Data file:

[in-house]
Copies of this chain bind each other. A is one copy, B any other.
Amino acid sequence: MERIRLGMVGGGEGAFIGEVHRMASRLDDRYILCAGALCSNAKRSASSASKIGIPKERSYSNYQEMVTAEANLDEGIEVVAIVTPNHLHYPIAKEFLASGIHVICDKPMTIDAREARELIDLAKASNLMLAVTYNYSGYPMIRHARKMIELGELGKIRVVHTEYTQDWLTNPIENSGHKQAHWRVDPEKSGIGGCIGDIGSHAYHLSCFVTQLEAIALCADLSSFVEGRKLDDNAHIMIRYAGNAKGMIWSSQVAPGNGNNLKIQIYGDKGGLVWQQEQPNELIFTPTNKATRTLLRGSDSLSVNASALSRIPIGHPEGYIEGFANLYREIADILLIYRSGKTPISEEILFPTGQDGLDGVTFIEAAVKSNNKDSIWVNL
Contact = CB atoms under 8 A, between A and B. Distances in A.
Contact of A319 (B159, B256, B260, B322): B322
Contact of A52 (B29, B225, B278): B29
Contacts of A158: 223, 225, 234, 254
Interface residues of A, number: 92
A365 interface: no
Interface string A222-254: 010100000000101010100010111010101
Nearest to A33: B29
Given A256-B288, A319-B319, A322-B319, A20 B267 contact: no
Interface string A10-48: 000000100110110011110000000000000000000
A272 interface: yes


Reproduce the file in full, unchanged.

[in-house]
Copies of this chain bind each other. A is one copy, B any other.
Amino acid sequence: MERIRLGMVGGGEGAFIGEVHRMASRLDDRYILCAGALCSNAKRSASSASKIGIPKERSYSNYQEMVTAEANLDEGIEVVAIVTPNHLHYPIAKEFLASGIHVICDKPMTIDAREARELIDLAKASNLMLAVTYNYSGYPMIRHARKMIELGELGKIRVVHTEYTQDWLTNPIENSGHKQAHWRVDPEKSGIGGCIGDIGSHAYHLSCFVTQLEAIALCADLSSFVEGRKLDDNAHIMIRYAGNAKGMIWSSQVAPGNGNNLKIQIYGDKGGLVWQQEQPNELIFTPTNKATRTLLRGSDSLSVNASALSRIPIGHPEGYIEGFANLYREIADILLIYRSGKTPISEEILFPTGQDGLDGVTFIEAAVKSNNKDSIWVNL
Contact = CB atoms under 8 A, between A and B. Distances in A.
Contact of A319 (B159, B256, B260, B322): B322
Contact of A52 (B29, B225, B278): B29
Contacts of A158: 223, 225, 234, 254
Interface residues of A, number: 92
A365 interface: no
Interface string A222-254: 010100000000101010100010111010101
Nearest to A33: B29
Given A256-B288, A319-B319, A322-B319, A20 B267 contact: no
Interface string A10-48: 000000100110110011110000000000000000000
A272 interface: yes